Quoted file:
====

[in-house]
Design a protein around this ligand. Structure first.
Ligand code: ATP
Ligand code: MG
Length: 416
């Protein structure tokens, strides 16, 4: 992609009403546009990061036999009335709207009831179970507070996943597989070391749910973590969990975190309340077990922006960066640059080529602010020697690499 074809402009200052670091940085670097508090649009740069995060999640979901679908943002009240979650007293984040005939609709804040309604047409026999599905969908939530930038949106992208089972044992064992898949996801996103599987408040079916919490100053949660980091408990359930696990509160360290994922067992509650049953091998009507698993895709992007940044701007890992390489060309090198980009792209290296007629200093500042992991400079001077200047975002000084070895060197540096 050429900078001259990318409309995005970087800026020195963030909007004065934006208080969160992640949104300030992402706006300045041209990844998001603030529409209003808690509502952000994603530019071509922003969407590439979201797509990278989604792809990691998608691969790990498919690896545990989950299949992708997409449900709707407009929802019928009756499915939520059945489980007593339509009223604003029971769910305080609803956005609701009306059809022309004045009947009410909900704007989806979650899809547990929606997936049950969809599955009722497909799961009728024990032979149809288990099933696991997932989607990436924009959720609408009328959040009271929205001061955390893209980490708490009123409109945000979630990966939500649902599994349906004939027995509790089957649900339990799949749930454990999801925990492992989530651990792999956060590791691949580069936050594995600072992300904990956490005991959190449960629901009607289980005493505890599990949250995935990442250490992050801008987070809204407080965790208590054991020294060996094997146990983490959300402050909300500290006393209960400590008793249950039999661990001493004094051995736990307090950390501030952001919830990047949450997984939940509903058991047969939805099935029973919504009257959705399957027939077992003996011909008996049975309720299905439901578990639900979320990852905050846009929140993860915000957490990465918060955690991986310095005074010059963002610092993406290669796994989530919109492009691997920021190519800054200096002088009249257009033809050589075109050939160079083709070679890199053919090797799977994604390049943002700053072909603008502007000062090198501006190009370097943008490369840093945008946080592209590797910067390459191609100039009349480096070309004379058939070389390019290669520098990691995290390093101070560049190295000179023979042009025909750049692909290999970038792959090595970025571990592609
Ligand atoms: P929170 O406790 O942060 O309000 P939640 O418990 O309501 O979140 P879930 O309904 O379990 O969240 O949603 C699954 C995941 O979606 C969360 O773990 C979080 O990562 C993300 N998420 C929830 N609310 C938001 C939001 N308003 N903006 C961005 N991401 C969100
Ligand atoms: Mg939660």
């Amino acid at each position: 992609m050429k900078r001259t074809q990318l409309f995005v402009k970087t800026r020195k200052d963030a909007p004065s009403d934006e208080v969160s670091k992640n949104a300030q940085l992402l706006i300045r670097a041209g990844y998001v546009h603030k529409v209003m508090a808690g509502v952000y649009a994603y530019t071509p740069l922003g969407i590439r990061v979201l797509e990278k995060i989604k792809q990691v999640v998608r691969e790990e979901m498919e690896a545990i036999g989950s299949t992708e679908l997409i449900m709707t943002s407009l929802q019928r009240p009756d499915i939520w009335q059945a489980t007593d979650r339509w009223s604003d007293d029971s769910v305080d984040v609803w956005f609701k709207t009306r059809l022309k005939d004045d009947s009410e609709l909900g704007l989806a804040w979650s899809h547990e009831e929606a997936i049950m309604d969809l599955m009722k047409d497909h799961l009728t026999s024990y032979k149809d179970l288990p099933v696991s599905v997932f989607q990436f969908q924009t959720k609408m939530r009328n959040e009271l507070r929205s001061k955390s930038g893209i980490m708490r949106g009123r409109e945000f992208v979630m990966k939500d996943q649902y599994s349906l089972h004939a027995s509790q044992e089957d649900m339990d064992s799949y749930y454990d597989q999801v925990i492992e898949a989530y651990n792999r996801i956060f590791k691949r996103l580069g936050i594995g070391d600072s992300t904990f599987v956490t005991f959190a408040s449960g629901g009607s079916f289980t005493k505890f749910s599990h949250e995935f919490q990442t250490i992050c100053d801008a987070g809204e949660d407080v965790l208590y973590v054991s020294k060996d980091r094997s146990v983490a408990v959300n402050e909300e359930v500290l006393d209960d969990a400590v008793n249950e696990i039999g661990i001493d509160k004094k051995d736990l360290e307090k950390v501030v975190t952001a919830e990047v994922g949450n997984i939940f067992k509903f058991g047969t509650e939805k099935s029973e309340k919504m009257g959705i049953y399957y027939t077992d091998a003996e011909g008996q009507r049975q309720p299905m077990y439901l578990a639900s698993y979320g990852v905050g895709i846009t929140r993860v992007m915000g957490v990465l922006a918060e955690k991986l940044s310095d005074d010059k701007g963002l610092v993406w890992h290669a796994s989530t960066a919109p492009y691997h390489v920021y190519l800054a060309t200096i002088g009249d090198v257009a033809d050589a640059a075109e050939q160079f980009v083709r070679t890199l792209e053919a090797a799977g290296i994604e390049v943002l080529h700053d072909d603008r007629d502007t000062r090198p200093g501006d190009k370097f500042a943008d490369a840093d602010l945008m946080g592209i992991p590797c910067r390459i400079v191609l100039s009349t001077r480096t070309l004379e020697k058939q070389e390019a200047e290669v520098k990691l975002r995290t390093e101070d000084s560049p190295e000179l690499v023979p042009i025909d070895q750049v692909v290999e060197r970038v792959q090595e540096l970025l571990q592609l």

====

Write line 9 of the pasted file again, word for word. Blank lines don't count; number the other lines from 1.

């Amino acid at each position: 992609m050429k900078r001259t074809q990318l409309f995005v402009k970087t800026r020195k200052d963030a909007p004065s009403d934006e208080v969160s670091k992640n949104a300030q940085l992402l706006i300045r670097a041209g990844y998001v546009h603030k529409v209003m508090a808690g509502v952000y649009a994603y530019t071509p740069l922003g969407i590439r990061v979201l797509e990278k995060i989604k792809q990691v999640v998608r691969e790990e979901m498919e690896a545990i036999g989950s299949t992708e679908l997409i449900m709707t943002s407009l929802q019928r009240p009756d499915i939520w009335q059945a489980t007593d979650r339509w009223s604003d007293d029971s769910v305080d984040v609803w956005f609701k709207t009306r059809l022309k005939d004045d009947s009410e609709l909900g704007l989806a804040w979650s899809h547990e009831e929606a997936i049950m309604d969809l599955m009722k047409d497909h799961l009728t026999s024990y032979k149809d179970l288990p099933v696991s599905v997932f989607q990436f969908q924009t959720k609408m939530r009328n959040e009271l507070r929205s001061k955390s930038g893209i980490m708490r949106g009123r409109e945000f992208v979630m990966k939500d996943q649902y599994s349906l089972h004939a027995s509790q044992e089957d649900m339990d064992s799949y749930y454990d597989q999801v925990i492992e898949a989530y651990n792999r996801i956060f590791k691949r996103l580069g936050i594995g070391d600072s992300t904990f599987v956490t005991f959190a408040s449960g629901g009607s079916f289980t005493k505890f749910s599990h949250e995935f919490q990442t250490i992050c100053d801008a987070g809204e949660d407080v965790l208590y973590v054991s020294k060996d980091r094997s146990v983490a408990v959300n402050e909300e359930v500290l006393d209960d969990a400590v008793n249950e696990i039999g661990i001493d509160k004094k051995d736990l360290e307090k950390v501030v975190t952001a919830e990047v994922g949450n997984i939940f067992k509903f058991g047969t509650e939805k099935s029973e309340k919504m009257g959705i049953y399957y027939t077992d091998a003996e011909g008996q009507r049975q309720p299905m077990y439901l578990a639900s698993y979320g990852v905050g895709i846009t929140r993860v992007m915000g957490v990465l922006a918060e955690k991986l940044s310095d005074d010059k701007g963002l610092v993406w890992h290669a796994s989530t960066a919109p492009y691997h390489v920021y190519l800054a060309t200096i002088g009249d090198v257009a033809d050589a640059a075109e050939q160079f980009v083709r070679t890199l792209e053919a090797a799977g290296i994604e390049v943002l080529h700053d072909d603008r007629d502007t000062r090198p200093g501006d190009k370097f500042a943008d490369a840093d602010l945008m946080g592209i992991p590797c910067r390459i400079v191609l100039s009349t001077r480096t070309l004379e020697k058939q070389e390019a200047e290669v520098k990691l975002r995290t390093e101070d000084s560049p190295e000179l690499v023979p042009i025909d070895q750049v692909v290999e060197r970038v792959q090595e540096l970025l571990q592609l």